Brian Sings "An Empty Glass" made popular by Gary Stewart
Stewart was born in 1945 in the Letcher County, Kentucky town of Jenkins, the son of a coal miner, who moved his family down to the Florida coast when Gary was 12. There he learned to play guitar at the age of 17. Later, he met and married a woman named Mary Lou Taylor, to whom he stayed married for the rest of his life.
He moved to Nashville and recorded a handful of memorable singles for Decca Records, while co-writing with fellow Floridian Bill Eldridge. They generated minor hits for the likes of Nat Stuckey, Jack Greene, Billy Walker and Hank Snow. The real catalyst for Stewart's success was producer Roy Dea, the man who captured the hard-country side of Gary's sound the best.
Dea was a sort of father figure to Gary, and Stewart, a born delinquent, tried in vain to be a good son. Dea helped him secure a recording contract with RCA, although then-A&R man Jerry Bradley wouldn't seal the deal until Gary agreed to cut his hair.
Gary was thirty before he had a top 10 album of his own. His debut album called Out of Hand (1974) was a formidable deadpan triumph, but by the end of the Seventies he had fallen victim to self-consciousness in his singing and writing, as well as some of the vices he documented in his tough honky-tonk hits like Drinking Thing, She's Acting Single and Out of Hand.
During the following years there were more along the same lines such as Whiskey Trip, Brand New Whiskey, I Get Drunk and An Empty Glass. Just about all Stewart's songs were about getting drunk to get over someone, and they were pretty easy to treat as novelty songs, especially if you weren't, yourself, getting drunk to get over someone.
Stewart didn't really fit in anywhere: He wasn't Southern rock, and he wasn't Nashville country, and honky-tonk is, almost by definition, not the sort of stuff that plays well outside a small club. What's more he was, not surprisingly, a heavy drinker, he could be a difficult man, and in time he disappeared. From there, the story goes downhill. In 1980, Stewart was in a car crash that wrecked his back; in 1988 his son Gary Joseph killed himself with a gun.
Stewart continued to tour through the 1990s, playing venues such as Fort Worth's Billy Bob's Texas several times a year. On November 26, 2003, the day before Thanksgiving, his wife of nearly forty years died of pneumonia. Stewart, who had been scheduled to play Billy Bob's three days later, canceled his concert appearances. His friends later told reporters that he was extremely despondent after Mary Lou's death. On December 16, his daughter's boyfriend and Stewart's very close friend Bill Hardman visited Stewart's Fort Pierce, Florida, home to check on his welfare. They found Stewart dead of a self-inflicted gunshot wound to the neck. One might find it difficult to understand what drives someone to take such a drastic irreversible move, but when you feel like the entire word is crashing in on you and you have no where to turn, this seems to be the only way out. Unless you have walked the walk, you can not relate. It is unfortunate, but you can't ridicule Gary.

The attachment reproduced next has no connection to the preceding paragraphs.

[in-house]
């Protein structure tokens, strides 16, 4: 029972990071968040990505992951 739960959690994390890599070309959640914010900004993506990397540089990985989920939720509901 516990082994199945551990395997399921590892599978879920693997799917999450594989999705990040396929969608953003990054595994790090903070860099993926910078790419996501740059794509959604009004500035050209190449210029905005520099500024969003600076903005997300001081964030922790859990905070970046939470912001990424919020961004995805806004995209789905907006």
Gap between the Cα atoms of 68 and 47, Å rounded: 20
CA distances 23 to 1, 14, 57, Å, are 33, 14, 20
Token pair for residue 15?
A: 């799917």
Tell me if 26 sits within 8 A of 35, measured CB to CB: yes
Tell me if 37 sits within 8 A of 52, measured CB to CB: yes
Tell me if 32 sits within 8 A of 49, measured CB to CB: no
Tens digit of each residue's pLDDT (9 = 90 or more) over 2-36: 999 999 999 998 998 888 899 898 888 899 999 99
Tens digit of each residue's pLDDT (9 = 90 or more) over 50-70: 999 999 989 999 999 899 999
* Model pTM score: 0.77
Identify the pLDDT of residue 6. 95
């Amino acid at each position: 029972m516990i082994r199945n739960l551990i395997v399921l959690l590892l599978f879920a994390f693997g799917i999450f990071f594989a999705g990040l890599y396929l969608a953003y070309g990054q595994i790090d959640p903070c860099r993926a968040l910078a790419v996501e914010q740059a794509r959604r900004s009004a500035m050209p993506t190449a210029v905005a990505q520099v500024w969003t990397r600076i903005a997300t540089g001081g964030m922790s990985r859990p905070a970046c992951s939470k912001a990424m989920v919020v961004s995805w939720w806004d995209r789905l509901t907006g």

Gary is sorely missed and his unique, unparalleled style cannot be emulated or learned as his was a natural born talent. At a time when country music has strayed of course, traditional enthusiast strive to hang on to the music and memories of such great legends as Gary Stewart. While he has passed, his unique voice and style will never be silenced or be forgotten. Gary etched his place in country music and now he should be rewarded and honored with induction into the country music hall of fame.
Somewhere between the greed for money and sound judgment, the legends of country music were tossed aside for the outlandish sound they call country music today.
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